Police survivors—the term used to describe family members and co-workers of an officer killed in the line of duty—the ones that are past the immediate trauma may have flashbacks of their officer’s death, anger and depression. Nightmares might return. The surviving families and co-workers of the recent line of duty deaths will experience devastation that defies description, often while being scrutinized by the media. Anyone that is a police survivor would do anything to take away that pain.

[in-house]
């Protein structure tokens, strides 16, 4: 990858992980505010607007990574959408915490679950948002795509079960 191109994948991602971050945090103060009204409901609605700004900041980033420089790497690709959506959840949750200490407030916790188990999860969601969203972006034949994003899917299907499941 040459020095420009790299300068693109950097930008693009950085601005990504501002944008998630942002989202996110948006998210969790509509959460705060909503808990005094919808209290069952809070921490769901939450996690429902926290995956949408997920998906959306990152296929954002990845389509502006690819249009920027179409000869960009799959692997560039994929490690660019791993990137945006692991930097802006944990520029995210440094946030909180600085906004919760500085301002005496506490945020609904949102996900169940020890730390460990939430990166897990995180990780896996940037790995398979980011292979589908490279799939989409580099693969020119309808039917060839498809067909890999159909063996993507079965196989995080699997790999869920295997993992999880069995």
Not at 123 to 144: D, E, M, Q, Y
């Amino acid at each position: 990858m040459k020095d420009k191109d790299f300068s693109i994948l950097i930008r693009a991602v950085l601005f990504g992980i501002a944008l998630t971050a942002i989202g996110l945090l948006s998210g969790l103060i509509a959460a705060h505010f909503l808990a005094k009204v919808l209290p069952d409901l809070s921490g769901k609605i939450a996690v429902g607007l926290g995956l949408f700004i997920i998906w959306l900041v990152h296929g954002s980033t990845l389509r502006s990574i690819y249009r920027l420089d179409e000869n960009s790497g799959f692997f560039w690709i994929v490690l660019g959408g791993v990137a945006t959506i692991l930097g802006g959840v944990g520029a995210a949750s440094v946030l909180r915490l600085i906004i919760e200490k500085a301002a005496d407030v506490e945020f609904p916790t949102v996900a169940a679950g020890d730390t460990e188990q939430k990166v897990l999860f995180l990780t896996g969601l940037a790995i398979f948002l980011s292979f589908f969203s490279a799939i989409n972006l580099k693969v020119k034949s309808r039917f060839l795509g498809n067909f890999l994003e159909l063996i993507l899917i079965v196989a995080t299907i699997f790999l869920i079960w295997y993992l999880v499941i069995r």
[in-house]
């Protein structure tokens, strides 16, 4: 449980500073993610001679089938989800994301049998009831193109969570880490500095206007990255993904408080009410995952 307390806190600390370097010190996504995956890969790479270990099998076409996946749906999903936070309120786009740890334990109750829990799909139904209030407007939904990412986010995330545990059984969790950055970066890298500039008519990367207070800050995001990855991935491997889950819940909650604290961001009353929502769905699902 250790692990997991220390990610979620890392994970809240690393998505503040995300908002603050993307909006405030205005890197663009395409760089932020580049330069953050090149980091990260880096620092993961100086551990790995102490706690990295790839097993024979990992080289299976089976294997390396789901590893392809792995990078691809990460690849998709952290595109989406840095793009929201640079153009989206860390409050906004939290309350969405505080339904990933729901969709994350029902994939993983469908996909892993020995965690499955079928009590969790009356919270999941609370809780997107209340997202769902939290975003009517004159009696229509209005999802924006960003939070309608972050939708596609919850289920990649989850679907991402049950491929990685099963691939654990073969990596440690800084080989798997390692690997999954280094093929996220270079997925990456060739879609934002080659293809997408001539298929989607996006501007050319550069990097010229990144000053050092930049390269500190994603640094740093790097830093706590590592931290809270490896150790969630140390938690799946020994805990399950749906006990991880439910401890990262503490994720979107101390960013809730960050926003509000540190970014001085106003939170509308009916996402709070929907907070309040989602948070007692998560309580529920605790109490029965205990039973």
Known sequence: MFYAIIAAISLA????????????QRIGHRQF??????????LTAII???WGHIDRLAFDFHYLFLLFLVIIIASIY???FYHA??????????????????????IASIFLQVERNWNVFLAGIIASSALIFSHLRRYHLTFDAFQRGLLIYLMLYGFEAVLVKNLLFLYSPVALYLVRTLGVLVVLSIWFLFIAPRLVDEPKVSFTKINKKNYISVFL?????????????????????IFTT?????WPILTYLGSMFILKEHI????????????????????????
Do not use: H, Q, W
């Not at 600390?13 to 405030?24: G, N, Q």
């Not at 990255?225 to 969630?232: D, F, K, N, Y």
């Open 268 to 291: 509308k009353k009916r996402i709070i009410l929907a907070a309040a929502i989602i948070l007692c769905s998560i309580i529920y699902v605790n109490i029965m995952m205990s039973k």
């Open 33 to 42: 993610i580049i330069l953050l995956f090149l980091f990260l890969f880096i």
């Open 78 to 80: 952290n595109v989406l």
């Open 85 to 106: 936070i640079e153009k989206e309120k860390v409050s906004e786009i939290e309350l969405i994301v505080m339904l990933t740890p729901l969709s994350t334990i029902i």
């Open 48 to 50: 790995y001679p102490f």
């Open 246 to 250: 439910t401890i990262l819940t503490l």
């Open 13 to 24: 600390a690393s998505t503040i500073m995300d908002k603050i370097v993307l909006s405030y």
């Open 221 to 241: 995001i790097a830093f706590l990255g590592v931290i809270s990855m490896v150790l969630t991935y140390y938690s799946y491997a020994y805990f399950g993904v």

Several months ago, I wrote a blog post Is There a War on Police? The tragic answer, of course, is yes. Every day I balance my joy for life with the reality that one of my friends, or someone I love, could die in the service of their job. I have spent the majority of this month searching for words of healing for all police survivors, a small glimmer of hope to everyone traumatized by violence against law enforcement. I know police survivors have experienced a variety of emotions this month, predominantly grief. The only human emotion strong enough to combat trauma and grief is love. Mother Teresa is attributed to saying “What can you do to promote world peace? Go home and love your family.” Love your neighbors, your family, but most importantly make an effort to love someone different than you. Our small and individual acts of love will help our nation heal. Is it this simple to heal our nation in crisis? I don’t know, but we have to start somewhere, and I choose to start with love.  is a personal weblog. The opinions expressed here represent my own and not those of my employer.